Operating an onsite health center is one of the best benefits employers can offer employees, and one that is sure to help attract and retain top talent. Onsite health risk management helps employees live their healthiest lives, which in turn helps employers by reducing healthcare costs and increasing productivity. It’s a true win-win.
Once an employer makes the decision to pursue a population health risk management model, the gears start moving to get the onsite health center up and running. However, there is a lot of work that needs to done behind the scenes before “go live” can occur.
Consider the Following to Ensure a Seamless Operation
Make sure management, operations, and culture are aligned around health as an important business driver, and that leadership actively demonstrates support of innovative health programs.
Before implementation can begin, employers must decide if they want to establish an on-site or near-site employee health center. To save on costs, we recommend retrofitting existing space if it is available. Even 800 square-feet of space can suffice in many cases. We recommend on-site health centers in most circumstances, as health centers located directly on-site will help increase engagement.
In cases where a near-site model is required – at a school district, for example – we recommend establishing a health center that is centrally located for all employees. It’s important to make the health center space inviting and distinguish it from a drab hospital setting. If possible, allow employees to visit the health center during working hours without having to take time off. These will go a long way toward increasing engagement, and, ultimately, improving health and lowering costs.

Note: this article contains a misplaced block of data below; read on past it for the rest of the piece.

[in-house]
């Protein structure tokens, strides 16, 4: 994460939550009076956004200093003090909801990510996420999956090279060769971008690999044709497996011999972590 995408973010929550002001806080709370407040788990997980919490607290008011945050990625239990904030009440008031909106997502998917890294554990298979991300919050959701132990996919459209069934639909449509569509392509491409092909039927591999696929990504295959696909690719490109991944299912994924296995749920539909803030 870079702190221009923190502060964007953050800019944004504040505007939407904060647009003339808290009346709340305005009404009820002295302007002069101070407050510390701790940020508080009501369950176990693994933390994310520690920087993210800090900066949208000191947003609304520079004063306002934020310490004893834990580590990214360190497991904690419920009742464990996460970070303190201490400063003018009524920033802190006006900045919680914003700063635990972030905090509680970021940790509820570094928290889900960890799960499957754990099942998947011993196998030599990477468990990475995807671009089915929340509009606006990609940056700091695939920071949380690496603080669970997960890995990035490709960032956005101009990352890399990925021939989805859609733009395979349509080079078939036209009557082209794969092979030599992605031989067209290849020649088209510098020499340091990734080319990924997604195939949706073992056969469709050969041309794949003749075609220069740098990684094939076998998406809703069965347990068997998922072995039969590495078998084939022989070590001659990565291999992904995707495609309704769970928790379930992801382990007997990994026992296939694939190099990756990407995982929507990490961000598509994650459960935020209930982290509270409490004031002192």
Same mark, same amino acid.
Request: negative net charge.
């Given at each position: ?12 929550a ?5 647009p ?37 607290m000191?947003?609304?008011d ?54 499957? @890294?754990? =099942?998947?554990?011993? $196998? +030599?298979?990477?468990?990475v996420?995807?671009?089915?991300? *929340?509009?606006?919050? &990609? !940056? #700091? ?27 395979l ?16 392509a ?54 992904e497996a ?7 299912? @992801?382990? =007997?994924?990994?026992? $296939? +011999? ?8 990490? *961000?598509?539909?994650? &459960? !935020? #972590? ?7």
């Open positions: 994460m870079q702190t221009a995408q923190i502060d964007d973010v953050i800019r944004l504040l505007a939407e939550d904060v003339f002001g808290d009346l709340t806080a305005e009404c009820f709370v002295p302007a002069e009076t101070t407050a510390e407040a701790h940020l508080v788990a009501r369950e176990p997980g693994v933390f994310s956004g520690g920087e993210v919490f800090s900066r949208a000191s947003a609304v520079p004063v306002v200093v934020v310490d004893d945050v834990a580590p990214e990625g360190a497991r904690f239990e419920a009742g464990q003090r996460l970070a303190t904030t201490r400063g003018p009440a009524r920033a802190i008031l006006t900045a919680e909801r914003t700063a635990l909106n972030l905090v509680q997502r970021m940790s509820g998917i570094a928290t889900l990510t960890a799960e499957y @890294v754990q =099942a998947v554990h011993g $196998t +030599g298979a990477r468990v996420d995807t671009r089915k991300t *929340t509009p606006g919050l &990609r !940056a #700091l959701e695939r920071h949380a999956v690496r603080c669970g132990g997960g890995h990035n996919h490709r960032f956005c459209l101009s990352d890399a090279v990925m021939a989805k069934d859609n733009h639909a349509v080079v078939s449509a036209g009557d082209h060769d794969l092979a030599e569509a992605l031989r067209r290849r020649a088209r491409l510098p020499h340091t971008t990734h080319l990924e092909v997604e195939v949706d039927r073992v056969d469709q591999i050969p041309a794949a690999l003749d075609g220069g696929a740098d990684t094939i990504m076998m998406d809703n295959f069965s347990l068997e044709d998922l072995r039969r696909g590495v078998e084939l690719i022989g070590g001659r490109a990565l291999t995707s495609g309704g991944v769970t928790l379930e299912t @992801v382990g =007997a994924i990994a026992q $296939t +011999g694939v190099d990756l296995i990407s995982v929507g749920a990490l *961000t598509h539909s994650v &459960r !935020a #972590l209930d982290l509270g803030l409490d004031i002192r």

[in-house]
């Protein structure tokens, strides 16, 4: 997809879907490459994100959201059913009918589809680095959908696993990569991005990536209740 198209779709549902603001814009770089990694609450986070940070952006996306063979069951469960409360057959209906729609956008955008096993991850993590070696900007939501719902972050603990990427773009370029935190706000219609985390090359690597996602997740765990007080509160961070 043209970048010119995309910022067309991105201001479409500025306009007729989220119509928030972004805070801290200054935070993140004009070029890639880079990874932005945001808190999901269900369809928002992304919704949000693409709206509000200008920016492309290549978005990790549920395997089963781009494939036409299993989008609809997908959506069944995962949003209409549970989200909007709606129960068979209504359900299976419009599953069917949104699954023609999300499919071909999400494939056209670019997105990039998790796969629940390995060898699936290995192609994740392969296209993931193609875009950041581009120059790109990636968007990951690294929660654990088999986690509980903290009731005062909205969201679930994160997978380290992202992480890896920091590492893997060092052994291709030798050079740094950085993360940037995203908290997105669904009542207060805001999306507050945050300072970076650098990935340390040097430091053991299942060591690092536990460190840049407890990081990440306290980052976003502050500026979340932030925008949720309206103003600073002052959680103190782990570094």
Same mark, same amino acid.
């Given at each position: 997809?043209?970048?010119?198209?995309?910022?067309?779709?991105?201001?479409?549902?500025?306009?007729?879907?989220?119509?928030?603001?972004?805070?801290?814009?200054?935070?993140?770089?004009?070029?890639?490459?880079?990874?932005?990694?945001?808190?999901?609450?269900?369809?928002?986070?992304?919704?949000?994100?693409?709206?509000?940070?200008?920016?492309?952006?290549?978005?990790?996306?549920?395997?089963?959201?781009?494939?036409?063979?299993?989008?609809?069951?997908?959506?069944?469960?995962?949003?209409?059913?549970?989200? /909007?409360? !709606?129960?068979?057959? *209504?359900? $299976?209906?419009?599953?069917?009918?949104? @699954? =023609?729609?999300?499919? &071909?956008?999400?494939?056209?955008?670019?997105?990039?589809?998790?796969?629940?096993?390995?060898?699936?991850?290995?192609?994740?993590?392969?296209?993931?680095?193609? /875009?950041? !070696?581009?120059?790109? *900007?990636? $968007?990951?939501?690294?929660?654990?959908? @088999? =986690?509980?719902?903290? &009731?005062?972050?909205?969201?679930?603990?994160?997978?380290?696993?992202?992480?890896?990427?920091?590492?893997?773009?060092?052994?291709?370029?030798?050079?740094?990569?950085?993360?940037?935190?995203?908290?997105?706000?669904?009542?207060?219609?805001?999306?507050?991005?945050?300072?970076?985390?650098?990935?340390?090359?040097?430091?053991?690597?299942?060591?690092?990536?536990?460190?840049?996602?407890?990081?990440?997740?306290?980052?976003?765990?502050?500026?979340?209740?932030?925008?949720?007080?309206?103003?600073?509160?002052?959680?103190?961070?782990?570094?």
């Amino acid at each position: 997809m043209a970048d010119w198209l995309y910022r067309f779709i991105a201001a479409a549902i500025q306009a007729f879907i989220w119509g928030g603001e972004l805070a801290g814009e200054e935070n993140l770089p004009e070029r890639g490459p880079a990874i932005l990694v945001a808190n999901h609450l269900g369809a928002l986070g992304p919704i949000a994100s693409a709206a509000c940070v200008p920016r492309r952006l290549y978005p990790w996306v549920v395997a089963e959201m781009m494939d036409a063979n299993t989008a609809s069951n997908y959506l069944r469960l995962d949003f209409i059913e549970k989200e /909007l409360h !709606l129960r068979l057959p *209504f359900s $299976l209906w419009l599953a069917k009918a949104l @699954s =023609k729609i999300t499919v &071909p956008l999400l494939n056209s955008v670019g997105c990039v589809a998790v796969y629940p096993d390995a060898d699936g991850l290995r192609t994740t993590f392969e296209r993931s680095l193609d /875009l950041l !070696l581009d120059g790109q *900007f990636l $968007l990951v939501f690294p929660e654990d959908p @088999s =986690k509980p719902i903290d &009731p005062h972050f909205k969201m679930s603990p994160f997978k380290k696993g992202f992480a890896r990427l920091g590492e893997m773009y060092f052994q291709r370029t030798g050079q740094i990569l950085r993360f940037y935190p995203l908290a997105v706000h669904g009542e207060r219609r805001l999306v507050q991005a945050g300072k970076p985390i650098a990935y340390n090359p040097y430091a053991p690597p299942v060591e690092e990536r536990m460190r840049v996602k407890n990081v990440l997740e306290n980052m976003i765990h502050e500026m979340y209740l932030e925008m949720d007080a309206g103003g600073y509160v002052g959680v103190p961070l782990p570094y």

Clinical Team Review
The most important aspect of guaranteeing a return on investment when opening an onsite health center is hiring the right clinical staff. When patients understand the choices that impact their health, they achieve their best possible health and lower costly health risks. The key to helping the employees assume greater responsibility and accountability for their own health is the ability of the healthcare professional to function as a coach.
In addition to medical expertise, the core competencies and core behaviors of an ideal health coach include approachability, compassion, and listening skills, as well as being organized, action-oriented and driving for results. Whether the clinician is an MD, mid-level clinician, or RN, what matters most is that they have those core competencies.
The best way to ensure a successful engagement strategy for an onsite health center is to identify health risks at the outset. We recommend identifying risk by analyzing claims, biometric screening, and Health History and Risk Assessment data. Using all three data sets, clinical staff are able to develop a composite of each employee’s health status and establish a specific care model.
The above criteria are critical to establishing a successful onsite health center. If you adhere to these principles, you are ready to move forward.